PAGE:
If no waves arise, water will settle of itself; If no shadows cross it, the mirror will naturally be bright.
Thus, the heart cannot be made pure, but if you avoid muddying elements Purity will appear on its own.
Thus, pleasure should not be sought after, but if you avoid things that cause suffering, Pleasure will exist on its own.
*Hung Ying-ming (600s). Master of the Three Ways. Trans. William Scott Wilson. Poem 150.
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As with other wise teachers, Ying-ming's view differs significantly from that many are raised with in conservative religion. That religious perspective is, in the language of my evangelical Christian upbringing, that we are born in sin, meaning we are inherently sinful. A modern way of saying this is we are conceived totally screwed up. In this view, we are like vehicles coming new out of the factory wreaked and in disrepair. This doctrine led to the need for churches to baptize babies, though there is no foundation for that in the Christian Scriptures. Likewise, this practice implies that baptism is essential to get admitted to a christian heaven.
Nature provides us a wiser view. Look at an example from Buddhism in line with Ying-ming's analogies. Water is innately pure. When the mud settles in what we call muddy water, its purity appears. I say "what we call" for water cannot be muddy. The purity was there before, only obscured. Buddhists teach meditation is a practice of letting the mud settle. Our innate purity is already present. We cannot become pure or sinless anymore than a mirror become clear: the mirror is clear, the shadow only makes it appear otherwise.
This purity means nothing added, nothing extra. Hence, not even what we call holiness, goodness, righteousness, or enlightenment can be added. These words can only signify the purity free of all opposites of "dark" and "light," "plenty" or "lack."
Purity, like joy, appears naturally, meaning "on its own." Purity could not arise unless present. Arising means manifesting. So, I often use the image of clouds moving so one sees the sunshine.
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The challenge is the transformation of "muddying elements"-myriads of religionists have wanted to be saved from their sins, not understanding that transformation is the path of healing.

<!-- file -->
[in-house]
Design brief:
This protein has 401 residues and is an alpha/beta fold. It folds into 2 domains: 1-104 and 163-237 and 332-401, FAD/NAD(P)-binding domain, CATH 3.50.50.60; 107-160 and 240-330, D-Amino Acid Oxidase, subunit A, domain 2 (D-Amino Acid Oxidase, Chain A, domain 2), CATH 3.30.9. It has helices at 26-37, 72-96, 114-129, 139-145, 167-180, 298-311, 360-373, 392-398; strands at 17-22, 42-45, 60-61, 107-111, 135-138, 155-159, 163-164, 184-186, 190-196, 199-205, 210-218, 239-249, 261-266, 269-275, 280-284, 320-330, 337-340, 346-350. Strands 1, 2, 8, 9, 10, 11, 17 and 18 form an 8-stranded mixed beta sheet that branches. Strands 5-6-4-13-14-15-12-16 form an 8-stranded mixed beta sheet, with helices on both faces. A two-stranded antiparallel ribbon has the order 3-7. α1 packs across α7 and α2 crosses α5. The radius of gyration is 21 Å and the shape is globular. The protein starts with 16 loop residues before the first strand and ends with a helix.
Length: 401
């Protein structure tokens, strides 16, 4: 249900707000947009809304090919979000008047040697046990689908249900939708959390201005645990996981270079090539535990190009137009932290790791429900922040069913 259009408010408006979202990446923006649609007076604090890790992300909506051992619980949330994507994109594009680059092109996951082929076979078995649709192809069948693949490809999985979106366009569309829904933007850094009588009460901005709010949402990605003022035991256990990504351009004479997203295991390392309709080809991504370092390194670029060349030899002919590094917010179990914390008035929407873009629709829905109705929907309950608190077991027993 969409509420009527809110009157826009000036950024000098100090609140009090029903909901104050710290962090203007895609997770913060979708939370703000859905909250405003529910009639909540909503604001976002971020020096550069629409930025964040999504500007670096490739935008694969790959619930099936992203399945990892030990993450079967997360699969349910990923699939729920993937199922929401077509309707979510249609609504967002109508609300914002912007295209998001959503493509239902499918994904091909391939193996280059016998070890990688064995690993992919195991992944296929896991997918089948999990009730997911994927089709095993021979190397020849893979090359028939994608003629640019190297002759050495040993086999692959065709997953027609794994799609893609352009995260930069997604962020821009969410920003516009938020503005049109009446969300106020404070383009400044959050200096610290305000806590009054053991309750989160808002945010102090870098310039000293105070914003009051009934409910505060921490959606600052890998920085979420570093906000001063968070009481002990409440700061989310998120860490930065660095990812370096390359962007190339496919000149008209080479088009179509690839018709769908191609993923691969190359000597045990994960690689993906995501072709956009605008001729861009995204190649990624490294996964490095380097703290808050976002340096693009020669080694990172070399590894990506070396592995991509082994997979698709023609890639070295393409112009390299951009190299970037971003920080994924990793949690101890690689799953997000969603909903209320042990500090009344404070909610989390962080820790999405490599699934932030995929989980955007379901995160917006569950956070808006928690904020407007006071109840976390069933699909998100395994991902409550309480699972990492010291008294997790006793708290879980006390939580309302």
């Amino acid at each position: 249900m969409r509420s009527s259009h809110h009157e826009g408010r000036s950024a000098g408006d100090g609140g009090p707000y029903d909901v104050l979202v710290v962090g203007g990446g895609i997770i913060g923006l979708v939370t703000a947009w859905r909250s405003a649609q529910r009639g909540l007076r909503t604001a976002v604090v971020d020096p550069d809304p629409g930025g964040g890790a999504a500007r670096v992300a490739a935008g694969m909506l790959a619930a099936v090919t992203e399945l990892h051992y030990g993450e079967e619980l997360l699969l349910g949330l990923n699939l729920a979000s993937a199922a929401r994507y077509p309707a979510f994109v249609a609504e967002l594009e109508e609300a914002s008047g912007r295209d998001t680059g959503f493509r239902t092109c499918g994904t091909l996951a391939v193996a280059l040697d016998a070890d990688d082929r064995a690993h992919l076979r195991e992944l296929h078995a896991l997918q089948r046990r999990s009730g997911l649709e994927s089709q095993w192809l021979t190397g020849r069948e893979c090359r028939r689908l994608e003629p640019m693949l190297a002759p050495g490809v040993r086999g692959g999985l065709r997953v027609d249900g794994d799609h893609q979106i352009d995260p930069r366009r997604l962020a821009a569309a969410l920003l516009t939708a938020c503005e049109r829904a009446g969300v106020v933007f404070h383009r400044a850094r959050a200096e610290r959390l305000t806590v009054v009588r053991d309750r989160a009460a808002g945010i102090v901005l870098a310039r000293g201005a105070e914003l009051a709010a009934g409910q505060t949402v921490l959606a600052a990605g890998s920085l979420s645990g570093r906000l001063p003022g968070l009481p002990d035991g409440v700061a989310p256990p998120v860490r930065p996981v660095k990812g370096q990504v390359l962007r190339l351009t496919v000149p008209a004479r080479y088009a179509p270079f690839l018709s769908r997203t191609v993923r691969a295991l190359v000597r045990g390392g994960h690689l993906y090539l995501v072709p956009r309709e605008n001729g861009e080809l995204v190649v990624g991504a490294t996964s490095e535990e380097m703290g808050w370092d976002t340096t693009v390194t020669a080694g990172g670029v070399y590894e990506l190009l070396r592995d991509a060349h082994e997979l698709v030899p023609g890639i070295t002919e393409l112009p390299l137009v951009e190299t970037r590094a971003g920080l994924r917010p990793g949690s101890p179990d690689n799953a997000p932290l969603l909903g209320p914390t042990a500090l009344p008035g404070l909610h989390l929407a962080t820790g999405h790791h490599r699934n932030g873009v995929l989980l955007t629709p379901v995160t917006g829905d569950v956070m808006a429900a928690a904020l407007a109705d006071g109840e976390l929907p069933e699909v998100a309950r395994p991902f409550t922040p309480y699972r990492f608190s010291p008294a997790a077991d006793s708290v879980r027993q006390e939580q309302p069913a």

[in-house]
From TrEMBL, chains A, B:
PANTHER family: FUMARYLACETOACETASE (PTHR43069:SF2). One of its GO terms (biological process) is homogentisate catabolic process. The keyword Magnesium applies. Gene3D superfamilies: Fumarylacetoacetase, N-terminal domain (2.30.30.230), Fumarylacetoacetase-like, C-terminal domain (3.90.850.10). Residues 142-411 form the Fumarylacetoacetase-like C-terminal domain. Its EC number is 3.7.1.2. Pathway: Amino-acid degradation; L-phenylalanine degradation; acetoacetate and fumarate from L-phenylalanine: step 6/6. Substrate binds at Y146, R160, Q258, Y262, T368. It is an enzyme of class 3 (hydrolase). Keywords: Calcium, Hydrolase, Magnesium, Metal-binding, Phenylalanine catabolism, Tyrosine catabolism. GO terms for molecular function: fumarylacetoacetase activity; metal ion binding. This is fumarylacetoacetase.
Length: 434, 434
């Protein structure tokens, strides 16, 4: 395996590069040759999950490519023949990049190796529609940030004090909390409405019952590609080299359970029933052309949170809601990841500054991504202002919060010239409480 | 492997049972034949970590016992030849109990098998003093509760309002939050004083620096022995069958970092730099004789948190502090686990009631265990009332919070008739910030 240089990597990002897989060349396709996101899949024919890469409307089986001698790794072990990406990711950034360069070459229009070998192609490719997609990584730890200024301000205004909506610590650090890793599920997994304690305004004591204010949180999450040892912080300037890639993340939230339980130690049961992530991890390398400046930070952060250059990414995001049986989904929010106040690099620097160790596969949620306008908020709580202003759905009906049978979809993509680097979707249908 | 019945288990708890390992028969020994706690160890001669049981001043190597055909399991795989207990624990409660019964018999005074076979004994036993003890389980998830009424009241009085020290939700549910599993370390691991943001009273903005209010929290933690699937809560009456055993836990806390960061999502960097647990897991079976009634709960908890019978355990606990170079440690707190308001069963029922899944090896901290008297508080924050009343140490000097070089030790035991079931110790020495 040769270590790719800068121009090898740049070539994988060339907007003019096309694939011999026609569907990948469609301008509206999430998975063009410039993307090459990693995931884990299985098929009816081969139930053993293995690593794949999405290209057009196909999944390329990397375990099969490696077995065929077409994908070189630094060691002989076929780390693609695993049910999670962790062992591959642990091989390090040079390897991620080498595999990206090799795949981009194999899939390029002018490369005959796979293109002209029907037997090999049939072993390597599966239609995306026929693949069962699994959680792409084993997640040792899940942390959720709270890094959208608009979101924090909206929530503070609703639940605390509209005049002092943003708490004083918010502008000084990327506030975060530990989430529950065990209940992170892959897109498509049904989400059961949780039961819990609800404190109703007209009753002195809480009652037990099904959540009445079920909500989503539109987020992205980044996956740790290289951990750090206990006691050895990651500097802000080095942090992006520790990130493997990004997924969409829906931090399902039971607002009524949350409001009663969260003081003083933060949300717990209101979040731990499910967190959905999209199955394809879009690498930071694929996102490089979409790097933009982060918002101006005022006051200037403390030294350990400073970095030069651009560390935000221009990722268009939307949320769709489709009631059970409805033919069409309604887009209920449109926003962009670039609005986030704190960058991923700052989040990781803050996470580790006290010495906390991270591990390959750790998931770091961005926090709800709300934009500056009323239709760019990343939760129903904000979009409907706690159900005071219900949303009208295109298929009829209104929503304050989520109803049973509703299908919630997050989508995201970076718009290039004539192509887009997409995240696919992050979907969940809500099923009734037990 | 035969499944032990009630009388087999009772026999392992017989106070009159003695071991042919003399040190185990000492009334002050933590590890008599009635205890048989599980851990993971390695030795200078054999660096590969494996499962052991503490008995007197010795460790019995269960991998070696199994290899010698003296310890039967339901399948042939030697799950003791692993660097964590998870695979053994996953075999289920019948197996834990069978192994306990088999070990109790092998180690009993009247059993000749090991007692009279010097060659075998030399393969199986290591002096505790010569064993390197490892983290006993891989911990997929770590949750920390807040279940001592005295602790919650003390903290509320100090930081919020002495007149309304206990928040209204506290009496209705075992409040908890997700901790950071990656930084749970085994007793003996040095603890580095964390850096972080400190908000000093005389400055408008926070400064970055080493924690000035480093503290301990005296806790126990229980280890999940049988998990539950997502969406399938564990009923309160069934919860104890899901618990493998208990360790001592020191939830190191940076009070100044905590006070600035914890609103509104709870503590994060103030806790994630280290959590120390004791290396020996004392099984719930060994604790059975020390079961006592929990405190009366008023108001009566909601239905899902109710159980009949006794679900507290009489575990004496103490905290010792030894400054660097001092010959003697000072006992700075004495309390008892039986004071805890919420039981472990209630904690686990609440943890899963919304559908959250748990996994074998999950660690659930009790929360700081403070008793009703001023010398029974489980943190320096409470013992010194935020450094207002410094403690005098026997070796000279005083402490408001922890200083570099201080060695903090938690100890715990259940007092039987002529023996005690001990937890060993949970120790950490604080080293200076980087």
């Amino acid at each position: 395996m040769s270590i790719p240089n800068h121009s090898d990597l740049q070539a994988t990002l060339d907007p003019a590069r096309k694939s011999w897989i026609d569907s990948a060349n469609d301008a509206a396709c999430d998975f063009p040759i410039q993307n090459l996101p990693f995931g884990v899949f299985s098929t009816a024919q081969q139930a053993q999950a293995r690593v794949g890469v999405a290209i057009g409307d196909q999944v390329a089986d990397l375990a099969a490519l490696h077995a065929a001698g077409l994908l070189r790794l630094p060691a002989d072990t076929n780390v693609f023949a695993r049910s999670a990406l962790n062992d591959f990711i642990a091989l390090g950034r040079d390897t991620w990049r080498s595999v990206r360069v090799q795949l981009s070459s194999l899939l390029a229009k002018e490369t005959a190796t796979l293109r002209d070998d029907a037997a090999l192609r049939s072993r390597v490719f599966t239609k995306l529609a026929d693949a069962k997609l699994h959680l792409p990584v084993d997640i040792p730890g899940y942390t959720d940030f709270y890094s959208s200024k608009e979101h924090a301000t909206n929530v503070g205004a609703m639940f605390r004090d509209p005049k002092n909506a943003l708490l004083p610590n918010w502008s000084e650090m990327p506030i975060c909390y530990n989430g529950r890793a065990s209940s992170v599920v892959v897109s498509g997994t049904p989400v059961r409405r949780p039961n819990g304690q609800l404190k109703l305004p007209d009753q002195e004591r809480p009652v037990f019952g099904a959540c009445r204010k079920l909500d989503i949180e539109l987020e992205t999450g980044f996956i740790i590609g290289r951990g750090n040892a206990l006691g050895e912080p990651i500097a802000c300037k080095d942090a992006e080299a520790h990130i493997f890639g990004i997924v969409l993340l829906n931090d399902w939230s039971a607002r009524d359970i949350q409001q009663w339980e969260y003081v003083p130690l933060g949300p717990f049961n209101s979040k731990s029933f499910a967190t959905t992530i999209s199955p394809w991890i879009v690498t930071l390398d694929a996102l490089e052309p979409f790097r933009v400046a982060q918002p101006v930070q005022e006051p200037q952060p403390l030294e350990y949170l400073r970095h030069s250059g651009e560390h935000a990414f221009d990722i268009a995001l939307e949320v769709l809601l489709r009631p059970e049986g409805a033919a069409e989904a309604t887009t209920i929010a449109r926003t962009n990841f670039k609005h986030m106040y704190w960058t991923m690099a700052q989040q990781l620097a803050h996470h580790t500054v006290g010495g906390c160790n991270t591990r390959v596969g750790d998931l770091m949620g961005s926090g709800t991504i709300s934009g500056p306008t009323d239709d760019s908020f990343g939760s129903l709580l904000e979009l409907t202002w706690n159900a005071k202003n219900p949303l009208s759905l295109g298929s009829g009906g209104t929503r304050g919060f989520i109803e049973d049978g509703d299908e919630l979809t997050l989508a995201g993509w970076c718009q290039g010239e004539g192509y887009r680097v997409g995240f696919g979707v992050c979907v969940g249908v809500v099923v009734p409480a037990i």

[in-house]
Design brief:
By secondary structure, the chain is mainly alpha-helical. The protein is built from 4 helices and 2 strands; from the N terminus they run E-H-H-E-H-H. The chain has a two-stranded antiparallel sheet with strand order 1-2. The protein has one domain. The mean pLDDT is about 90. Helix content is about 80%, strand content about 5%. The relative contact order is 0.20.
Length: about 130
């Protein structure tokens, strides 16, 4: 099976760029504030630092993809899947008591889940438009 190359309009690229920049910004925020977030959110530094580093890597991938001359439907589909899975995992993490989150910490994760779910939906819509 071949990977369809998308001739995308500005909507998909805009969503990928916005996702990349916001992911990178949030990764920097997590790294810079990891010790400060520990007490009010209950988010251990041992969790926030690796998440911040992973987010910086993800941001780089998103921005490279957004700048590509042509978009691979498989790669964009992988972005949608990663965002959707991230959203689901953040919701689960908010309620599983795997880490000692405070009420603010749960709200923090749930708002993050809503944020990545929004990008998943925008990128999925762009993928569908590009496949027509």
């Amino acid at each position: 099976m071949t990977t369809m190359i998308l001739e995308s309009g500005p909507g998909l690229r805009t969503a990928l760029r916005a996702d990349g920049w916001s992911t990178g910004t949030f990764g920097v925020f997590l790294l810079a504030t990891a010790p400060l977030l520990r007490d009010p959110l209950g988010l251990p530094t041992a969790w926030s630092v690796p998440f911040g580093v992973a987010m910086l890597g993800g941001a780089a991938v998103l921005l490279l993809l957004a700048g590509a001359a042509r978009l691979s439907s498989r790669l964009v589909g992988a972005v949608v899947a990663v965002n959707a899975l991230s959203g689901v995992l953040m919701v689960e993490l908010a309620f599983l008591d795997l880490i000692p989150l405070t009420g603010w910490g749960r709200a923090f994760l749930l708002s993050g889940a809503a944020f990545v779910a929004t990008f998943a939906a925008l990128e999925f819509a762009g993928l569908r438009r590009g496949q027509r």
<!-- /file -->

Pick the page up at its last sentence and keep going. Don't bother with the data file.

We all have contracted additions to ourselves, like barnacles attaching to a boat. One would be unwise to discredit the boat for having barnacles or think the boat and barnacles were one entity. Compassion arises when we see the tremendous suffering arising around us from persons who have come to trust in the barnacles, thinking that is integral to their selves. When we come to that point of trust in the barnacles, it does little to assist us in manifesting purity. Our religion becomes little more than trying to be good boys and good girls.
Spiritual transformation needs to be grounded in the wisdom of innocence. The spiritual path is a growing onward to reclaim the purity. Innocence is not lost, for it cannot be lost but can appear to be lost to us.
Hence, the spiritual way is not trying to be a good boy or good girl - which much religion teaches. The spiritual path is the firey conversion of "muddy elements," so spirit-alchemy can work inner transformation, transmuting all that covers and, so, conceals innate beauty, grace, and love. How can what arises from the Source be other than like the Source? How can what arises from God not be godly?
Much of this spiritual work is about the emotional wounds and trauma that have covered the brilliance of our native effulgence. For purity is not an absence of something; purity is the illuminative Presence that expresses itself as the source of all life-giving, life-affirming qualities. The potentials of those qualities are innate, then, in our true selves.
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I grew up taught I was saved by Jesus but still a saved, sinful person - that is, just as marred as before. This was called "a sinner saved by grace." I was a dearly loved, patched-up Christian. Sin remained my nature as it always had been from before birth. Now, I know that anything - called "good" or "bad" - added to my true self is not what I am. That means the work is to engage the path for the liberation, as much as possible in this lifetime, of the innocence - again, with no contrast, such as, guilt.
The work continues for me. I best discern the subtle transformation by looking back over past time. Day to day, the change is rarely seen. It is not wise to keep inspecting how you have grown spiritually, like standing in the yard trying to see grass grow. Trust the subtle, sure process: just do the work. Jesus wisely compared spiritual transformation to yeast -
Jesus also said: The kingdom of heaven is like what happens when a woman mixes a little yeast into three big batches of flour. Finally, all the dough rises (Gospel of Matthew 13.33, CEV).
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And subtle can be the shadows before the heart-mirror. But working from innate purity or badness is a remarkably different starting point. The second does not work well; the first is the wise. Which one you choose will make a world of difference, for from where you begin will cast its influence over the entire journey. I choose the Sun's brilliance.
May we each shine brightly, illumining all about us.
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*(C) Brian K. Wilcox, 2023. Permission is given to use photographs and writings with credit given to the copyright owner.
*Brian's book is An Ache for Union: Poems on Oneness with God through Love. The book is a collection of poems Brian wrote based on wisdom traditions, predominantly Christian, Buddhist, and Sufi, with extensive notes on the poetry's teachings and imagery.